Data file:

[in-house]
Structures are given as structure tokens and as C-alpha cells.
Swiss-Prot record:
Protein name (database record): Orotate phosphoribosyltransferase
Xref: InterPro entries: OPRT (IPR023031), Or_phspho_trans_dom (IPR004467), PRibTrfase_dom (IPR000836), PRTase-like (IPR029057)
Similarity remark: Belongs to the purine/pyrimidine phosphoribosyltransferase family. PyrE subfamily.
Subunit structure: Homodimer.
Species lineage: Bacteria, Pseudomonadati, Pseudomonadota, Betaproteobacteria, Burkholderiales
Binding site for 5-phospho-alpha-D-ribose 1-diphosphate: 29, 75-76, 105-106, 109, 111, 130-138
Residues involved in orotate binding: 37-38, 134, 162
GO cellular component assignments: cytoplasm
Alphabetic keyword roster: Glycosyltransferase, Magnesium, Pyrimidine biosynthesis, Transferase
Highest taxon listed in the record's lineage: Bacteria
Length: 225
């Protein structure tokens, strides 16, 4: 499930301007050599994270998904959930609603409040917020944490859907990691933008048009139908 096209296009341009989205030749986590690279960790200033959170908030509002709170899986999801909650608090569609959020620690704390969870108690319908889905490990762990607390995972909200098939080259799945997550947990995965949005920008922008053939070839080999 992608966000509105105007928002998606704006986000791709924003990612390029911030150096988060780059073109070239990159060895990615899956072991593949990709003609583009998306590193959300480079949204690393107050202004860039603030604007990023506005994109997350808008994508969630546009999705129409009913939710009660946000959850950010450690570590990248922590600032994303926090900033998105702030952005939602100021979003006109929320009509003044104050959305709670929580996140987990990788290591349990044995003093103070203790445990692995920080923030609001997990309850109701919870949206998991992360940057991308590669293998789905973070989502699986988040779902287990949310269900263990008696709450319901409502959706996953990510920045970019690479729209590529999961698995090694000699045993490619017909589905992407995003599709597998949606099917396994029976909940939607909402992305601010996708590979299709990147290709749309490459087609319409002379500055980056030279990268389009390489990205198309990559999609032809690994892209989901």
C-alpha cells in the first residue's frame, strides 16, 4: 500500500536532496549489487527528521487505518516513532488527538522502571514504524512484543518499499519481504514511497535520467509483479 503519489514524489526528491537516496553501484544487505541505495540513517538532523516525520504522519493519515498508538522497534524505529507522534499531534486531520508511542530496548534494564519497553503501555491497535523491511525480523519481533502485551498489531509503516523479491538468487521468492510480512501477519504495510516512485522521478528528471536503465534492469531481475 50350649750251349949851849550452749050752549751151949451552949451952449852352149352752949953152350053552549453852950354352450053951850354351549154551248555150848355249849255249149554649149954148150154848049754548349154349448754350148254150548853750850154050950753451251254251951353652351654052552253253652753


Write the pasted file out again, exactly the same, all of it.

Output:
[in-house]
Structures are given as structure tokens and as C-alpha cells.
Swiss-Prot record:
Protein name (database record): Orotate phosphoribosyltransferase
Xref: InterPro entries: OPRT (IPR023031), Or_phspho_trans_dom (IPR004467), PRibTrfase_dom (IPR000836), PRTase-like (IPR029057)
Similarity remark: Belongs to the purine/pyrimidine phosphoribosyltransferase family. PyrE subfamily.
Subunit structure: Homodimer.
Species lineage: Bacteria, Pseudomonadati, Pseudomonadota, Betaproteobacteria, Burkholderiales
Binding site for 5-phospho-alpha-D-ribose 1-diphosphate: 29, 75-76, 105-106, 109, 111, 130-138
Residues involved in orotate binding: 37-38, 134, 162
GO cellular component assignments: cytoplasm
Alphabetic keyword roster: Glycosyltransferase, Magnesium, Pyrimidine biosynthesis, Transferase
Highest taxon listed in the record's lineage: Bacteria
Length: 225
């Protein structure tokens, strides 16, 4: 499930301007050599994270998904959930609603409040917020944490859907990691933008048009139908 096209296009341009989205030749986590690279960790200033959170908030509002709170899986999801909650608090569609959020620690704390969870108690319908889905490990762990607390995972909200098939080259799945997550947990995965949005920008922008053939070839080999 992608966000509105105007928002998606704006986000791709924003990612390029911030150096988060780059073109070239990159060895990615899956072991593949990709003609583009998306590193959300480079949204690393107050202004860039603030604007990023506005994109997350808008994508969630546009999705129409009913939710009660946000959850950010450690570590990248922590600032994303926090900033998105702030952005939602100021979003006109929320009509003044104050959305709670929580996140987990990788290591349990044995003093103070203790445990692995920080923030609001997990309850109701919870949206998991992360940057991308590669293998789905973070989502699986988040779902287990949310269900263990008696709450319901409502959706996953990510920045970019690479729209590529999961698995090694000699045993490619017909589905992407995003599709597998949606099917396994029976909940939607909402992305601010996708590979299709990147290709749309490459087609319409002379500055980056030279990268389009390489990205198309990559999609032809690994892209989901």
C-alpha cells in the first residue's frame, strides 16, 4: 500500500536532496549489487527528521487505518516513532488527538522502571514504524512484543518499499519481504514511497535520467509483479 503519489514524489526528491537516496553501484544487505541505495540513517538532523516525520504522519493519515498508538522497534524505529507522534499531534486531520508511542530496548534494564519497553503501555491497535523491511525480523519481533502485551498489531509503516523479491538468487521468492510480512501477519504495510516512485522521478528528471536503465534492469531481475 50350649750251349949851849550452749050752549751151949451552949451952449852352149352752949953152350053552549453852950354352450053951850354351549154551248555150848355249849255249149554649149954148150154848049754548349154349448754350148254150548853750850154050950753451251254251951353652351654052552253253652753